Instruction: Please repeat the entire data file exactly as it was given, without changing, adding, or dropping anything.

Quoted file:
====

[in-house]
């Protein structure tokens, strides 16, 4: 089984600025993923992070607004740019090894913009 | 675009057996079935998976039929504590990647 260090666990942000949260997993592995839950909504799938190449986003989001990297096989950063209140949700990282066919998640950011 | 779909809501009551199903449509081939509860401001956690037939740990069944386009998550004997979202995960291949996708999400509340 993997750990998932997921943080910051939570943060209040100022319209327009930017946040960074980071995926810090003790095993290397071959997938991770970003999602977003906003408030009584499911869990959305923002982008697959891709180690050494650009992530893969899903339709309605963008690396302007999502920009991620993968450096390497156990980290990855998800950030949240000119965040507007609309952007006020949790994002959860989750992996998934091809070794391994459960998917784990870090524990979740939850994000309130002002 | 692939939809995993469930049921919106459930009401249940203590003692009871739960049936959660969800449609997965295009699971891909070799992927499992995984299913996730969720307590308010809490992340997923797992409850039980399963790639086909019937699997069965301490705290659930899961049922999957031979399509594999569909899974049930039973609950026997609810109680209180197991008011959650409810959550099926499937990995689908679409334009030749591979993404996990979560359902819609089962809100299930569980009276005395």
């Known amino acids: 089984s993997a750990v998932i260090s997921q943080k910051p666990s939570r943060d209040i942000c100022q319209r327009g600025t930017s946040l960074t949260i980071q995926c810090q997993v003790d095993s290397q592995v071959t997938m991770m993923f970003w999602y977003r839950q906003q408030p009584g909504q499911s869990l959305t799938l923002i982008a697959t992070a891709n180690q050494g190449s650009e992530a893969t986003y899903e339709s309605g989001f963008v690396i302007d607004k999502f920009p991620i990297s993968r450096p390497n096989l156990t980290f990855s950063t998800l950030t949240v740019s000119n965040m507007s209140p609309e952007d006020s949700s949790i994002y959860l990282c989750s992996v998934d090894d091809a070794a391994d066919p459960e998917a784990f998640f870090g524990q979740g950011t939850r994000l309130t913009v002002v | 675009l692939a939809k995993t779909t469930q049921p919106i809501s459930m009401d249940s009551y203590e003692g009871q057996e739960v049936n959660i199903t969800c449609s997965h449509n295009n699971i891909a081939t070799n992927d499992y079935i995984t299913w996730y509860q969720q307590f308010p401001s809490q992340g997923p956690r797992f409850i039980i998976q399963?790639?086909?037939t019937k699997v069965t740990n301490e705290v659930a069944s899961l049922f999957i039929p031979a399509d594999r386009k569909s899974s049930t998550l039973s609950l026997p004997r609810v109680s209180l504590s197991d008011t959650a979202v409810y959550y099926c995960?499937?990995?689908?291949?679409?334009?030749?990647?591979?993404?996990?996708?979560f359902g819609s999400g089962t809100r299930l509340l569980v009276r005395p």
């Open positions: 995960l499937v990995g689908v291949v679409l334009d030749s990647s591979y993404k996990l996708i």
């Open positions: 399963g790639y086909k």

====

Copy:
[in-house]
């Protein structure tokens, strides 16, 4: 089984600025993923992070607004740019090894913009 | 675009057996079935998976039929504590990647 260090666990942000949260997993592995839950909504799938190449986003989001990297096989950063209140949700990282066919998640950011 | 779909809501009551199903449509081939509860401001956690037939740990069944386009998550004997979202995960291949996708999400509340 993997750990998932997921943080910051939570943060209040100022319209327009930017946040960074980071995926810090003790095993290397071959997938991770970003999602977003906003408030009584499911869990959305923002982008697959891709180690050494650009992530893969899903339709309605963008690396302007999502920009991620993968450096390497156990980290990855998800950030949240000119965040507007609309952007006020949790994002959860989750992996998934091809070794391994459960998917784990870090524990979740939850994000309130002002 | 692939939809995993469930049921919106459930009401249940203590003692009871739960049936959660969800449609997965295009699971891909070799992927499992995984299913996730969720307590308010809490992340997923797992409850039980399963790639086909019937699997069965301490705290659930899961049922999957031979399509594999569909899974049930039973609950026997609810109680209180197991008011959650409810959550099926499937990995689908679409334009030749591979993404996990979560359902819609089962809100299930569980009276005395």
């Known amino acids: 089984s993997a750990v998932i260090s997921q943080k910051p666990s939570r943060d209040i942000c100022q319209r327009g600025t930017s946040l960074t949260i980071q995926c810090q997993v003790d095993s290397q592995v071959t997938m991770m993923f970003w999602y977003r839950q906003q408030p009584g909504q499911s869990l959305t799938l923002i982008a697959t992070a891709n180690q050494g190449s650009e992530a893969t986003y899903e339709s309605g989001f963008v690396i302007d607004k999502f920009p991620i990297s993968r450096p390497n096989l156990t980290f990855s950063t998800l950030t949240v740019s000119n965040m507007s209140p609309e952007d006020s949700s949790i994002y959860l990282c989750s992996v998934d090894d091809a070794a391994d066919p459960e998917a784990f998640f870090g524990q979740g950011t939850r994000l309130t913009v002002v | 675009l692939a939809k995993t779909t469930q049921p919106i809501s459930m009401d249940s009551y203590e003692g009871q057996e739960v049936n959660i199903t969800c449609s997965h449509n295009n699971i891909a081939t070799n992927d499992y079935i995984t299913w996730y509860q969720q307590f308010p401001s809490q992340g997923p956690r797992f409850i039980i998976q399963?790639?086909?037939t019937k699997v069965t740990n301490e705290v659930a069944s899961l049922f999957i039929p031979a399509d594999r386009k569909s899974s049930t998550l039973s609950l026997p004997r609810v109680s209180l504590s197991d008011t959650a979202v409810y959550y099926c995960?499937?990995?689908?291949?679409?334009?030749?990647?591979?993404?996990?996708?979560f359902g819609s999400g089962t809100r299930l509340l569980v009276r005395p």
């Open positions: 995960l499937v990995g689908v291949v679409l334009d030749s990647s591979y993404k996990l996708i």
């Open positions: 399963g790639y086909k």